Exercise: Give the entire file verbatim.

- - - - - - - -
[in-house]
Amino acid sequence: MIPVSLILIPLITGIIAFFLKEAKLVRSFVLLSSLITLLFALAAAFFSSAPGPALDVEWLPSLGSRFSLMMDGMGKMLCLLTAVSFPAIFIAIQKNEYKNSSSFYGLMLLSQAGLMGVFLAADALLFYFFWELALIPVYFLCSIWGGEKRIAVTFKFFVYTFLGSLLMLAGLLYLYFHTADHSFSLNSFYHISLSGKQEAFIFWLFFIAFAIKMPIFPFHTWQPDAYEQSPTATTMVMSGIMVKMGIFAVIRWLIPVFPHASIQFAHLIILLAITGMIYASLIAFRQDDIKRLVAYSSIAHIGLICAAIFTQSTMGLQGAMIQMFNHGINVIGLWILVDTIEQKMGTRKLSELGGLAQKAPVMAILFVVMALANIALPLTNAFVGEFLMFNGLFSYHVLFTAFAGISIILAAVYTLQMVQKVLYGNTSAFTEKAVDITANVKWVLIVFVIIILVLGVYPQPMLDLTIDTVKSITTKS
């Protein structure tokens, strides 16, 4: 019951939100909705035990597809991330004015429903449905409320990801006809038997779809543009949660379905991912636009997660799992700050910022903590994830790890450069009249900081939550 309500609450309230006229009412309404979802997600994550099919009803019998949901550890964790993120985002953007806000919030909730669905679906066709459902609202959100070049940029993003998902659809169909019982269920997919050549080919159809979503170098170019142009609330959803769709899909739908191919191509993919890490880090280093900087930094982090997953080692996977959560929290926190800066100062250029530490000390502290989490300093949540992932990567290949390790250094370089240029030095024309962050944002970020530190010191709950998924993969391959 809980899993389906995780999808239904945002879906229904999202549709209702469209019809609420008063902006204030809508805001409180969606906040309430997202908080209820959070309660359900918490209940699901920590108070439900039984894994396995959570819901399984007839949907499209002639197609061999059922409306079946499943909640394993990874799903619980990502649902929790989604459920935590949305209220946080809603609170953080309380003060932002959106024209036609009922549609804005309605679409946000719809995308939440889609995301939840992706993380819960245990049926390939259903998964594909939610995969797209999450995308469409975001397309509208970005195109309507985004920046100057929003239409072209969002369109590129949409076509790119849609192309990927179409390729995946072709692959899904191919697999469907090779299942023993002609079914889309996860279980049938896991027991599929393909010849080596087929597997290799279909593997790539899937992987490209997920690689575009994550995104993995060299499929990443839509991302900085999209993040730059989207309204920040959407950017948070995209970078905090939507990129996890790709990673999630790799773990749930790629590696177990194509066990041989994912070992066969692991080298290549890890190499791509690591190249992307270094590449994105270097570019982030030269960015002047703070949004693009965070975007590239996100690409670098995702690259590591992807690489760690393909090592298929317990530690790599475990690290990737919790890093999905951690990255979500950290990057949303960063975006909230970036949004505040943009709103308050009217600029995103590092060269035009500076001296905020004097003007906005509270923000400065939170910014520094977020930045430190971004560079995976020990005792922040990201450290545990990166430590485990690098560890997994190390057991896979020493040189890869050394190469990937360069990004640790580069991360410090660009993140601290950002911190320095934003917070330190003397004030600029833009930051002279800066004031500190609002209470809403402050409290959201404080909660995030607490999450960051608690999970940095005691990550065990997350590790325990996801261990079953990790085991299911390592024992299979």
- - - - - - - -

[in-house]
Amino acid sequence: MIPVSLILIPLITGIIAFFLKEAKLVRSFVLLSSLITLLFALAAAFFSSAPGPALDVEWLPSLGSRFSLMMDGMGKMLCLLTAVSFPAIFIAIQKNEYKNSSSFYGLMLLSQAGLMGVFLAADALLFYFFWELALIPVYFLCSIWGGEKRIAVTFKFFVYTFLGSLLMLAGLLYLYFHTADHSFSLNSFYHISLSGKQEAFIFWLFFIAFAIKMPIFPFHTWQPDAYEQSPTATTMVMSGIMVKMGIFAVIRWLIPVFPHASIQFAHLIILLAITGMIYASLIAFRQDDIKRLVAYSSIAHIGLICAAIFTQSTMGLQGAMIQMFNHGINVIGLWILVDTIEQKMGTRKLSELGGLAQKAPVMAILFVVMALANIALPLTNAFVGEFLMFNGLFSYHVLFTAFAGISIILAAVYTLQMVQKVLYGNTSAFTEKAVDITANVKWVLIVFVIIILVLGVYPQPMLDLTIDTVKSITTKS
């Protein structure tokens, strides 16, 4: 019951939100909705035990597809991330004015429903449905409320990801006809038997779809543009949660379905991912636009997660799992700050910022903590994830790890450069009249900081939550 309500609450309230006229009412309404979802997600994550099919009803019998949901550890964790993120985002953007806000919030909730669905679906066709459902609202959100070049940029993003998902659809169909019982269920997919050549080919159809979503170098170019142009609330959803769709899909739908191919191509993919890490880090280093900087930094982090997953080692996977959560929290926190800066100062250029530490000390502290989490300093949540992932990567290949390790250094370089240029030095024309962050944002970020530190010191709950998924993969391959 809980899993389906995780999808239904945002879906229904999202549709209702469209019809609420008063902006204030809508805001409180969606906040309430997202908080209820959070309660359900918490209940699901920590108070439900039984894994396995959570819901399984007839949907499209002639197609061999059922409306079946499943909640394993990874799903619980990502649902929790989604459920935590949305209220946080809603609170953080309380003060932002959106024209036609009922549609804005309605679409946000719809995308939440889609995301939840992706993380819960245990049926390939259903998964594909939610995969797209999450995308469409975001397309509208970005195109309507985004920046100057929003239409072209969002369109590129949409076509790119849609192309990927179409390729995946072709692959899904191919697999469907090779299942023993002609079914889309996860279980049938896991027991599929393909010849080596087929597997290799279909593997790539899937992987490209997920690689575009994550995104993995060299499929990443839509991302900085999209993040730059989207309204920040959407950017948070995209970078905090939507990129996890790709990673999630790799773990749930790629590696177990194509066990041989994912070992066969692991080298290549890890190499791509690591190249992307270094590449994105270097570019982030030269960015002047703070949004693009965070975007590239996100690409670098995702690259590591992807690489760690393909090592298929317990530690790599475990690290990737919790890093999905951690990255979500950290990057949303960063975006909230970036949004505040943009709103308050009217600029995103590092060269035009500076001296905020004097003007906005509270923000400065939170910014520094977020930045430190971004560079995976020990005792922040990201450290545990990166430590485990690098560890997994190390057991896979020493040189890869050394190469990937360069990004640790580069991360410090660009993140601290950002911190320095934003917070330190003397004030600029833009930051002279800066004031500190609002209470809403402050409290959201404080909660995030607490999450960051608690999970940095005691990550065990997350590790325990996801261990079953990790085991299911390592024992299979």